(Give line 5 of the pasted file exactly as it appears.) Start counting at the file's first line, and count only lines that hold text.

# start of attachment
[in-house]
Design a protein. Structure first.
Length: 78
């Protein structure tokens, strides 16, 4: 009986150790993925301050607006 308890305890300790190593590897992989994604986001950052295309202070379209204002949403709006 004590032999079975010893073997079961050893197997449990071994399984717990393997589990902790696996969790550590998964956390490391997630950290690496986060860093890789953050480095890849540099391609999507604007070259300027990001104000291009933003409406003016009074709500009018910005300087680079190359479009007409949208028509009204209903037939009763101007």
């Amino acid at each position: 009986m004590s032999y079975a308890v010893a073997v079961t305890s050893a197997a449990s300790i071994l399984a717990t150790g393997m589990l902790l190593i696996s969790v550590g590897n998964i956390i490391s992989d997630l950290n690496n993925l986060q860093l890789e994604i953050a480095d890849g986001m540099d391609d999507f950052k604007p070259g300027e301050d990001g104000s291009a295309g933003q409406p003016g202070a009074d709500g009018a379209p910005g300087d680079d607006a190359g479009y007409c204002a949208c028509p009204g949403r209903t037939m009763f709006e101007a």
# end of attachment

């Amino acid at each position: 009986m004590s032999y079975a308890v010893a073997v079961t305890s050893a197997a449990s300790i071994l399984a717990t150790g393997m589990l902790l190593i696996s969790v550590g590897n998964i956390i490391s992989d997630l950290n690496n993925l986060q860093l890789e994604i953050a480095d890849g986001m540099d391609d999507f950052k604007p070259g300027e301050d990001g104000s291009a295309g933003q409406p003016g202070a009074d709500g009018a379209p910005g300087d680079d607006a190359g479009y007409c204002a949208c028509p009204g949403r209903t037939m009763f709006e101007a």